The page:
National Bonds Corp. in Dubai has launched a “Save for Life” promotion in an effort to change people’s attitudes toward saving. (NBC, described as the National Saving Scheme of the UAE, is a three-year-old joint stock shareholding company in which the government of Dubai holds a 50 percent stake.) A Mercedes is given away in each weekly drawing—taking place from October through December—for customers with holdings of at least 3,000 AED (about $800); those with 10,000 AED (about $2,700) or more are eligible for a weekly prize of 1 million AED.
At the end of the promotion, a grand prize drawing (open to customers holding at least 25,000 AED) will give away a furnished two-bedroom apartment, a Mercedes and 1 million AED.
It’s hard to imagine that these incentives will ultimately lead to a life-long savings habit or culture. Most people just need to be educated on managing their money. In Dubai, most of the expats are simply there to make money—before the recession, rising rents and the glitz and glamour of the city left them little inclined or able to save, and now they’re even less able to do so. But habits are hard to kick, and those who are accustomed to spending will continue doing so, at least to the extent that they can.
This recession has created a lot of guilt around spending money on things we may want but don’t necessarily need. In her upcoming book Bitches on a Budget, Rosalyn Hoffman, a former fashion buyer and marketing executive, argues that living on a budget need not mean abandoning the fabulous life. “Living well is one trend that will never go out of style, and it doesn’t take oodles of moola to make it happen,” reads promotional copy. Targeting affluent women who now find themselves on a budget, the book (due out Dec. 29) and its accompanying blog offers tips ranging from where to find the most affordable organic honey to a homemade solution for getting stains out of carpet. One tip recommends Shop It to Me, a service that regularly searches the Web for sales on items that match a user’s size and preferred brands.
Bitches on a Budget illustrates how the habits of affluent shoppers are shifting as they figure out how to align their new budgets with their old ways. These consumers are coming up with creative ways to get around budget barriers in maintaining aspects of their pre-recession lifestyles. Brands that represent the luxury lifestyle that consumers miss must work to maintain their status as “worth saving up for,” giving affluent shoppers reason to save on other items in order to make room for an ultimate-goal purchase.
Dubai’s hotel industry has been hard-hit by the downturn. In the first half of 2009, revenue per available room fell as much as 35 percent compared to the previous year, according to a report from STR Global and Deloitte & Touche Middle East. (By contrast, hotels in the 22 Middle East cities surveyed experienced an overall drop of 17 percent.)
In the midst of Dubai’s hotel price wars, one approach stands out. Taking a cue from Priceline’s “Name your own price” option, the Monarch has launched a “Name your price for luxury” online auction. The process is simple: Just enter the five-star hotel’s Web site and bid on a room, a spa treatment, a meal or the entire package.All bidders get a 5 percent discount at the Mizaan restaurant.
At the least, the tactic is likely to help generate traffic to the Monarch’s spa and restaurants. And, most important, it manages to achieve three things: connect with consumers by engaging them in the auction game; create a memorable experience in contrast to a clutter of bland promotions; and build a database where participants are matched with their preferred hotel experience. Faced with a crisis, it’s always wise to look sideways from time to time.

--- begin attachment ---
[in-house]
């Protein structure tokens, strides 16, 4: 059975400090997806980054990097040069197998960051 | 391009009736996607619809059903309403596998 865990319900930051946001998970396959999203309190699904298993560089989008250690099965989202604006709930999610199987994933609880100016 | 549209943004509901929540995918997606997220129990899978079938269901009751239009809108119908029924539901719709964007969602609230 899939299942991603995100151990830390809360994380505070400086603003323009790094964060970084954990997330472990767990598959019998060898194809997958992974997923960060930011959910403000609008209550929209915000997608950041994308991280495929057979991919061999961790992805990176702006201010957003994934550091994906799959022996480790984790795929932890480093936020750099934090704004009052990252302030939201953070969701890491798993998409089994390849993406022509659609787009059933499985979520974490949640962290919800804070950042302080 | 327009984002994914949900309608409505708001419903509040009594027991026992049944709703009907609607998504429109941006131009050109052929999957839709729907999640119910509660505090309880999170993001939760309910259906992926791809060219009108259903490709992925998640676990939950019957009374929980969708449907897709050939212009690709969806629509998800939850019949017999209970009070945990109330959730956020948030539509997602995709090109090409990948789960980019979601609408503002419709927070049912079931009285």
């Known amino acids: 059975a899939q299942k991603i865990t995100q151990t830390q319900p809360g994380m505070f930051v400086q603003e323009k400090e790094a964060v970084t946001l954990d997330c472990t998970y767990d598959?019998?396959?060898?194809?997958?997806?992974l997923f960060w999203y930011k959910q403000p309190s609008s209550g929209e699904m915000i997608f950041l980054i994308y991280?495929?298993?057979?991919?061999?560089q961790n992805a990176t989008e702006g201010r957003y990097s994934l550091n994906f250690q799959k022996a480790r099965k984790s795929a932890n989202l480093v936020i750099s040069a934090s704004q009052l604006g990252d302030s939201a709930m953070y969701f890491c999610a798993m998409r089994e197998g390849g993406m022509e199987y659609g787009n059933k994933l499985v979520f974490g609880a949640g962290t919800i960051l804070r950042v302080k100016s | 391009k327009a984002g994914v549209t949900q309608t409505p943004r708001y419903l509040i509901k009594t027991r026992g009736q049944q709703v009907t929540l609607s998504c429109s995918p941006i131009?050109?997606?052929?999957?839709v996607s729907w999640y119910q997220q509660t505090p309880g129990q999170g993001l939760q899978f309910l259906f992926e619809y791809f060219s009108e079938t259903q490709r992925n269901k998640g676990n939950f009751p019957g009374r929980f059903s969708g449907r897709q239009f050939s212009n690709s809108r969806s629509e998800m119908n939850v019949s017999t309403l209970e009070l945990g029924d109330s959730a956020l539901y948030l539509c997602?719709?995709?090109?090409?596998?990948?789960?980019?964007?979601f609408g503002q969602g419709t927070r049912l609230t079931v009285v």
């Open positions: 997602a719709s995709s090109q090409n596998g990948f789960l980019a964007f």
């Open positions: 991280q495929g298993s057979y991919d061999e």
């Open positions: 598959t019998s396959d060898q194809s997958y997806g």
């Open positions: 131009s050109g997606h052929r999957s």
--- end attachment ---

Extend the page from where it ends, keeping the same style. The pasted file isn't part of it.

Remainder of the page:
The recession will leave its mark on most categories, but one that’s certain to undergo an evolution is the luxury apparel market. Bain & Co. forecasts a precipitous 15 percent year-over-year decline for luxury apparel in 2009, following an estimated 4 percent drop last year. This compares with a 10 percent overall shrinkage in the luxury market this year, according to Bain, which we noted in The Recession and Its Impact on Luxury.
Watch for luxe apparel brands to invade newer markets in full force. China is an obvious choice—Bain forecasts a 7 percent growth in its luxury market this year—as is India, but Latin America and Africa will also be targets. Gildo Zegna, chief of Ermenegildo Zegna, told The New York Times that the Italian menswear retailer sees potential in Egypt and Morocco and is researching Nigeria, South Africa and Angola. The brand already has 60 stores in China.
Offerings will evolve according to needs in these markets. Since the demographics skew much younger, for example, Zegna has launched a sportier line, Z Zegna.
Watch also for all but the most exclusive brands to offer wider price ranges. “Below the elevated sphere of Hermès International and LVMH Moët Hennessy Louis Vuitton, nearly every apparel retailer is reducing the price of nonsale items,” TheWall Street Journal reports. High-end department stores such as Neiman Marcus and Saks are stocking up on more midpriced goods and asking some vendors and designers to add lower-priced items. Some are already doing so: Domenico Dolce and Stefano Gabbana, for example, recently said they would lower prices 10 to 20 percent for both the Dolce & Gabbana and the D&G lines. Continue reading ‘Luxury apparel: Category in crisis’
Time recently reported that high-end yoga mats are bucking today’s frugality trend. These mats—the priciest of which cost about $100—are made by a company called Manduka, whose sales rose 55 percent in the first four months of 2009. Manduka now has a distribution deal with nationwide retailer Dick’s Sporting Goods.
The article points to several reasons why sales are soaring: the continuing popularity of yoga, the “superior traction” and “extra cushioning” of the mat, etc. But I believe the driving reason behind Manduka’s success is outlined in our recent paper “The Recession and Its Impact on Luxury,” in which we discuss the future of luxury and what it means for health and wellness: People are re-evaluating luxury altogether. In some cases, this means redefining it in non-materialistic ways—time with family, doing good, being healthy. It can also mean spending more for products that conform to the highest green standards … or for things that enhance health and well-being.
Manduka’s pricey mats fit perfectly into the new mold of luxury: They allow people to invest in their health and wellness while simultaneously flaunting their wealth to those in the know. Call it stealth consumption rather than conspicuous consumption. Bad news for the Guccis of the world, good news for Manduka.